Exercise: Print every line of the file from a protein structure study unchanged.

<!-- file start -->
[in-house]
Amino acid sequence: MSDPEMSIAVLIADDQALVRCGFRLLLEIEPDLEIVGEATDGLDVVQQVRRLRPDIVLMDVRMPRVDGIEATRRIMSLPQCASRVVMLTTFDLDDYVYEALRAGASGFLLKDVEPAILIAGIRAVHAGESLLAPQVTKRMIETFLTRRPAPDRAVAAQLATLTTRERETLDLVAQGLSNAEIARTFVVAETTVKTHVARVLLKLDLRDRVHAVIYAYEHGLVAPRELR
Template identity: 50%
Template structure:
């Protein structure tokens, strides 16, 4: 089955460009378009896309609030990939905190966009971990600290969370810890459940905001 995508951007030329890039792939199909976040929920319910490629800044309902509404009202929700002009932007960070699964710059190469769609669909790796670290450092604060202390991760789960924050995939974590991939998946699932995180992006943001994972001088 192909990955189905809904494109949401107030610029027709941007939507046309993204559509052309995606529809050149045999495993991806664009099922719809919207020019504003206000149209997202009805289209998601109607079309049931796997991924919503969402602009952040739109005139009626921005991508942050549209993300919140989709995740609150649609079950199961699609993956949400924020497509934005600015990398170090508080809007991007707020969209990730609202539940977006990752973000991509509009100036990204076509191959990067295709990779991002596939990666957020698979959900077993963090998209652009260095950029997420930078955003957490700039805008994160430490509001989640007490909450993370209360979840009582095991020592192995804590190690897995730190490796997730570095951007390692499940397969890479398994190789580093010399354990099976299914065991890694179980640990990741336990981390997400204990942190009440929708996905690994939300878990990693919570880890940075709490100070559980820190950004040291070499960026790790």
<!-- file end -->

[in-house]
Amino acid sequence: MSDPEMSIAVLIADDQALVRCGFRLLLEIEPDLEIVGEATDGLDVVQQVRRLRPDIVLMDVRMPRVDGIEATRRIMSLPQCASRVVMLTTFDLDDYVYEALRAGASGFLLKDVEPAILIAGIRAVHAGESLLAPQVTKRMIETFLTRRPAPDRAVAAQLATLTTRERETLDLVAQGLSNAEIARTFVVAETTVKTHVARVLLKLDLRDRVHAVIYAYEHGLVAPRELR
Template identity: 50%
Template structure:
């Protein structure tokens, strides 16, 4: 089955460009378009896309609030990939905190966009971990600290969370810890459940905001 995508951007030329890039792939199909976040929920319910490629800044309902509404009202929700002009932007960070699964710059190469769609669909790796670290450092604060202390991760789960924050995939974590991939998946699932995180992006943001994972001088 192909990955189905809904494109949401107030610029027709941007939507046309993204559509052309995606529809050149045999495993991806664009099922719809919207020019504003206000149209997202009805289209998601109607079309049931796997991924919503969402602009952040739109005139009626921005991508942050549209993300919140989709995740609150649609079950199961699609993956949400924020497509934005600015990398170090508080809007991007707020969209990730609202539940977006990752973000991509509009100036990204076509191959990067295709990779991002596939990666957020698979959900077993963090998209652009260095950029997420930078955003957490700039805008994160430490509001989640007490909450993370209360979840009582095991020592192995804590190690897995730190490796997730570095951007390692499940397969890479398994190789580093010399354990099976299914065991890694179980640990990741336990981390997400204990942190009440929708996905690994939300878990990693919570880890940075709490100070559980820190950004040291070499960026790790």